Arrows & Traps’ new repertory season sees the company take on Shakespeare’s Othello and Twelfth Night, where the same cast and crew perform the shows on alternating nights. Directed by Ross McGregor, their Twelfth Night is an entertaining adaption that packs comedy and action into a succinct and digestible performance. Although the traditional Elizabethan costumes feel out of character when compared to the company’s usual contemporary take on Shakespeare’s plays, it doesn’t stop this adaptation from being a successful piece of theatre.
The shipwrecked Viola (Pippa Caddick) finds herself on the shores of Illyria, and without her twin brother by her side, she has no choice but to disguise herself as a young man called Cesario in order to navigate this new place. In Illyria, Duke Orsino (Pearce Sampson) is hopelessly in love with Olivia (Cornelia Baumann), and uses the disguised Viola to help woo the woman he loves. When Olivia begins to fall for the cross-dressed Viola, hilarity ensues, which is made even more complicated by the appearance of a young man who looks exactly like Cesario.
As an ensemble the company work well together, steadily keeping the energy of the piece high throughout. Baumann embraces Olivia’s subtle humour with ease, and her performance is refreshing. Portraying the play’s fool is Lloyd Warbery, who hilariously delivers the character’s comedy and responds to the audience’s reactions with confidence. However, this adaptation’s stand out character has to be Malvolio, performed impeccably by Adam Elliott. Although not the most interesting or likeable character in the play, Elliott performs Malvolio with so much brilliance and passion that you can’t help but smile every time he appears on stage. His comedy is on point, and the interactions between him and Feste the fool were the most enjoyable parts of this piece.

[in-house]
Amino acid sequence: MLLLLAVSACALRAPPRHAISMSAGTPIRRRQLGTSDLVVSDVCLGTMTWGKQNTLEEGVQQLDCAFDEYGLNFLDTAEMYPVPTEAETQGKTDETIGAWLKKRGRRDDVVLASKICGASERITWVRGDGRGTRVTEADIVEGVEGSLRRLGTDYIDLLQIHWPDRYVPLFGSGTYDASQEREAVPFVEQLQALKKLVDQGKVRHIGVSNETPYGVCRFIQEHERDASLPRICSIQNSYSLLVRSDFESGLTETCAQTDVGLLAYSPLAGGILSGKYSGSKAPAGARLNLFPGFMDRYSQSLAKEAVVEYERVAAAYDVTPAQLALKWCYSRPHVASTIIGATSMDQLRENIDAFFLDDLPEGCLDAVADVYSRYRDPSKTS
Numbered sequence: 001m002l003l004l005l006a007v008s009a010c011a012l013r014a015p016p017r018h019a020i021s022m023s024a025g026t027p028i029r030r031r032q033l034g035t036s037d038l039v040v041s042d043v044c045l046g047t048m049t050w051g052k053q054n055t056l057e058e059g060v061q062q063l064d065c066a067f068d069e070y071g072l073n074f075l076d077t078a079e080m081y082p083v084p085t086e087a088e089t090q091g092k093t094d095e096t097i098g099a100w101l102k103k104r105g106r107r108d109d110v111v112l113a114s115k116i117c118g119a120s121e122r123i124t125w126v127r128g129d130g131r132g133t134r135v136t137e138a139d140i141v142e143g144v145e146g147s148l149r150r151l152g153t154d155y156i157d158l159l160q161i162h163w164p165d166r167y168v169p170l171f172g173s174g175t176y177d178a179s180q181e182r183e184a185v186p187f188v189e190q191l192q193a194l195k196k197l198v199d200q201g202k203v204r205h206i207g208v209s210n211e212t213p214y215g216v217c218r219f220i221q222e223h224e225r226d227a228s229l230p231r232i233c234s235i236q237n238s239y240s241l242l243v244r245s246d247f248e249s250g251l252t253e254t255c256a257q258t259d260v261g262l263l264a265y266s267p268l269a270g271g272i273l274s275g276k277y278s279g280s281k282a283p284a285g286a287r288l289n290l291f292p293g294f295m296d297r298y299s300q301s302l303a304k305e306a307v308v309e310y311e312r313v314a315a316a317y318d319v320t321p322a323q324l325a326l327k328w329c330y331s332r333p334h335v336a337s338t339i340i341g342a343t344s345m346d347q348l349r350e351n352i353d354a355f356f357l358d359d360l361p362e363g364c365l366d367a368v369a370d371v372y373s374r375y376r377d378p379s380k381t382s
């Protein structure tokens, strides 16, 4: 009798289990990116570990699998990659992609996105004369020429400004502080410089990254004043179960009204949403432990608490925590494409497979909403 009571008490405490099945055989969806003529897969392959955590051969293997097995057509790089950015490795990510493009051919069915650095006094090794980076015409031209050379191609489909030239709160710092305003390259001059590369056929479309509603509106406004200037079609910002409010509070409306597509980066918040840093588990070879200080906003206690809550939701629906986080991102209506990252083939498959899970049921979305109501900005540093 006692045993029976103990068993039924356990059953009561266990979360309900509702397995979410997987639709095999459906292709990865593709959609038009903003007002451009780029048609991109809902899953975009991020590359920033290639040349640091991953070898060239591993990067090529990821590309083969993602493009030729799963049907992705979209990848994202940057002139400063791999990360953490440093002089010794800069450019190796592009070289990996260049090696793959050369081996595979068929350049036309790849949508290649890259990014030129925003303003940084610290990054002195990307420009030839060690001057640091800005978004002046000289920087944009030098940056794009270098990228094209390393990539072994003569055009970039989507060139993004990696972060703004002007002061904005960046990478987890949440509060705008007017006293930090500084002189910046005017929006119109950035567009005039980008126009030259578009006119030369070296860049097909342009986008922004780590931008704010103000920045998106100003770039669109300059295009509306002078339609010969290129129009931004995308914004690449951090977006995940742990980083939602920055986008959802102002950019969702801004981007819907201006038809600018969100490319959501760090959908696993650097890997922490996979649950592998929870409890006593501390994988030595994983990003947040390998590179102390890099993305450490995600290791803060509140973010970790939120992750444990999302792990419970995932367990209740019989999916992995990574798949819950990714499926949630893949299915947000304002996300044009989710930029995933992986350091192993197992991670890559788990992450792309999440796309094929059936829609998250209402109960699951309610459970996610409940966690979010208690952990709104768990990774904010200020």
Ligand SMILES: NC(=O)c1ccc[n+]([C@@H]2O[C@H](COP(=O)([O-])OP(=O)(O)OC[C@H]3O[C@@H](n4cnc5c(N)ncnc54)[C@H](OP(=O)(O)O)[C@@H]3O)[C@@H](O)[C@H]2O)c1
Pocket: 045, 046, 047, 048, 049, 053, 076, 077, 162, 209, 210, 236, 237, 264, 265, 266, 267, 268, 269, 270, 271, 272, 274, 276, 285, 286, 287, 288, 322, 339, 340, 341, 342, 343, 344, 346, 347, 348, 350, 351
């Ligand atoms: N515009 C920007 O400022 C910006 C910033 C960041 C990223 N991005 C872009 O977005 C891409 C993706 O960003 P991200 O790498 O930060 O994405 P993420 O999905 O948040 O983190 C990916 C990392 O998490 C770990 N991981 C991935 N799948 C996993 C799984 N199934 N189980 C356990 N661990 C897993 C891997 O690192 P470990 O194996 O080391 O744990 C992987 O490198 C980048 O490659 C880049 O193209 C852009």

While the talented cast present Shakespeare’s adaptation with spirit, it is McGregor’s exploration of the relationship between Sebastian and Antonio that is refreshing to see on stage. Viola’s twin Sebastian (Alex Stevens) is rescued by the sailor Antonio (Spencer Lee Osborne), and it appears the two have a sexual relationship. While some adaptations choose to ignore this “problematic” coupling, the director doesn’t shy away from the obvious attraction between the two, but brings it to the surface. Portraying their chemistry on stage is a delightful addition to the plot, which adds another layer of intrigue to Sebastian and Olivia’s pairing.
Running at just over two and a half hours (including an interval) it is always a joy to watch a Shakespeare piece that can engage and hold attention for that period of time. Packed full of comedy, romance, and superb acting, McGregor’s Twelfth Night is an enjoyable adaptation, and a wonderful addition to the Arrows & Traps canon.
Twelfth Night is at Upstairs at the Gatehouse until 19th November.